2019 Goal: Achieve a 5% reduction in sustained complaints from CY 09 (13 sustained complaints). 2019 Actual: In CY19, 9 complaints were sustained. A 76% decrease from 2009. 2019 Goal: Maintain CY 08 positive customer service survey rates that exceed the National Benchmark of 77%. 2019 Actual: In CY 19, our positive response rate on customer service surveys was 93%.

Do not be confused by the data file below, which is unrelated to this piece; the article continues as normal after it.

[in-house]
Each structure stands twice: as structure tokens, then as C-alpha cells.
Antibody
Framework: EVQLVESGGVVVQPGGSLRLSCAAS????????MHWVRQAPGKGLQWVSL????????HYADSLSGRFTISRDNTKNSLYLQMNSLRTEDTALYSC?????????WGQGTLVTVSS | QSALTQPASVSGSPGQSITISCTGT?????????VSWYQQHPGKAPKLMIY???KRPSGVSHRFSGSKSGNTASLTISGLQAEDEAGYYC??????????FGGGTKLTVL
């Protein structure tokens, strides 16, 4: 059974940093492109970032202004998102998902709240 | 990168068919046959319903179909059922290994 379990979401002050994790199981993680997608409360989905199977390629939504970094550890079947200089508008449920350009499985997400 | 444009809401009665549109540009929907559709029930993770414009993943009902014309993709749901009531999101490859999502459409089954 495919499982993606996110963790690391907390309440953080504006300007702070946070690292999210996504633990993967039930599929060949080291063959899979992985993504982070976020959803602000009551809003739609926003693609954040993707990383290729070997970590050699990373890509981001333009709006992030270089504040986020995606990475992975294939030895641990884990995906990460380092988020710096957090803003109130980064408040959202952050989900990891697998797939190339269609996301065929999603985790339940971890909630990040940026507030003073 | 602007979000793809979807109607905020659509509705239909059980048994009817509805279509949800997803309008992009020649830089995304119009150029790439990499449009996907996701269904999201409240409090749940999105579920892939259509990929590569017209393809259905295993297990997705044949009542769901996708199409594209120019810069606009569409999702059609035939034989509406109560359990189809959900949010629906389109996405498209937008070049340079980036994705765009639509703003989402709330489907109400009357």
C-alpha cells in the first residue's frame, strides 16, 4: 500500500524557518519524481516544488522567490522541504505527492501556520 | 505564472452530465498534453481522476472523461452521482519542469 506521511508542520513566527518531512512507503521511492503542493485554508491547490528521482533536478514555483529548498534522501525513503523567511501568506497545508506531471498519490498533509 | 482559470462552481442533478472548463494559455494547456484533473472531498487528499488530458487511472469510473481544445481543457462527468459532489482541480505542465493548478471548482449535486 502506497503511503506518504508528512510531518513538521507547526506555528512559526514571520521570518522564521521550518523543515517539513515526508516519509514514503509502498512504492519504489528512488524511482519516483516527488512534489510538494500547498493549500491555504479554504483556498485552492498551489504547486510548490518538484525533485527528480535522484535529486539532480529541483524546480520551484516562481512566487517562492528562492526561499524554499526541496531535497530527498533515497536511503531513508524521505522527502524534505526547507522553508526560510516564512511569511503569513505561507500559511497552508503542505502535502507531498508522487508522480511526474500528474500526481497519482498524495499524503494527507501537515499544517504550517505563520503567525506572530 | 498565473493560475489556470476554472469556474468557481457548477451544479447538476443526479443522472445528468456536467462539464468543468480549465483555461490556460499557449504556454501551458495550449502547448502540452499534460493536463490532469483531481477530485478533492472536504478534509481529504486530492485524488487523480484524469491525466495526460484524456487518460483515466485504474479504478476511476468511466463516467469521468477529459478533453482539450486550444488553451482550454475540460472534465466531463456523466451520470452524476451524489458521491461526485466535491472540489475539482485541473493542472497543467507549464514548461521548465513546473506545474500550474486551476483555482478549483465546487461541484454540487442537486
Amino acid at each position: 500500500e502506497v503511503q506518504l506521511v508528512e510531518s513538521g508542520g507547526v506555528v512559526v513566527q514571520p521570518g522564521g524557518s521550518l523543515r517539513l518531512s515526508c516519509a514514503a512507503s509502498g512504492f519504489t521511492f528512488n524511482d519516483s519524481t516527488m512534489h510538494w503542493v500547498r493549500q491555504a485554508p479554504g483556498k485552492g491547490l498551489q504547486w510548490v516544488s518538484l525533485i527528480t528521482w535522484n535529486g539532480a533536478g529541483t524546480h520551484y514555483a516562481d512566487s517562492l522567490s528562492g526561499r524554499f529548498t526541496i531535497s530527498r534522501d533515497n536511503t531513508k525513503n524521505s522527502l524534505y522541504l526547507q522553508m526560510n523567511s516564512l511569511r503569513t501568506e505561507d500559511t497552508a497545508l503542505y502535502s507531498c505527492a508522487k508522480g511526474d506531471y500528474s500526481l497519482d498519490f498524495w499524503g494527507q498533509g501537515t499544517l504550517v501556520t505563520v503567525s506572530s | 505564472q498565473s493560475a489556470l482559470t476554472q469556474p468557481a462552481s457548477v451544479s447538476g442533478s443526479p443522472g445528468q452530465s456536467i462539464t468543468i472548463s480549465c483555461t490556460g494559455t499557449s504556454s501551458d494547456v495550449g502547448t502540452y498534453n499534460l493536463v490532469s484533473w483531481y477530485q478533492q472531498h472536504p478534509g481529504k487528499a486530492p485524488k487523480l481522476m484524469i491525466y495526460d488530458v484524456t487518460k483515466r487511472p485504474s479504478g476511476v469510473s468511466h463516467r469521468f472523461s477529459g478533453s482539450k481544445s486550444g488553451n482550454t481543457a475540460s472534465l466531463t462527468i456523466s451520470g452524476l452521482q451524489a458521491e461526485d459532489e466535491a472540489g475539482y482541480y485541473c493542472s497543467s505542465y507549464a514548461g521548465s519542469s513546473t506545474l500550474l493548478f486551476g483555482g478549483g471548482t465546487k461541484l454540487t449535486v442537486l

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FLAGSTAFF POLICE DEPARTMENT ANNUAL REPORT 2019 The Office of Professional Standards is staffed with one Sergeant. The Sergeant works directly for the Chief of Police, this Sergeant is responsible for coordinating and overseeing professional standards investigations, shooting investigations, audits, and inspections, pre-employment background investigations, drug screening policies, administrative research projects and review of the use of force reports. Hiring Over 70 applications were accepted for sworn officer positions, including recruits and lateral positions. Seventy pre-employment background investigations were conducted resulting in the hiring of 18 police officers. Qualified applicants proceeded through the application process which includes a written examination, physical agility test, oral board interviews, and extensive background investigations. Over 80 applications for civilian positions were accepted. Twenty-five background investigations were conducted resulting in the hiring a total of twenty dispatchers and administrative specialists. We also hired two interns and one volunteer to join our team. Pre-Academy, Academy and Post-Academy orientation were conducted in 2019 resulting in over 9,648 hours of police officer training. The orientations provide information on what to expect as a recruit in the police academy, successfully complete the academy and post training. It is coordinated by the Office of Professional Standards Sergeant with the assistance of Training Officers. Internal Affairs The Office of Professional Standards Sergeant accepts, assigns, tracks and investigates external and internal complaints regarding alleged employee misconduct. The department thoroughly investigates all complaints involving employees to preserve public and enhance trust in the police. All investigations are conducted in accordance with applicable department standards and the law. In most cases, the supervisor of the employee conducts the investigations into the alleged misconduct. The Office of Professional Standards investigates allegations of serious misconduct and those that are complex in nature. The command staff, including the Chief, reviews all citizen complaints and internal affairs investigations to approve the findings. All complainants are contacted at the end of the investigation.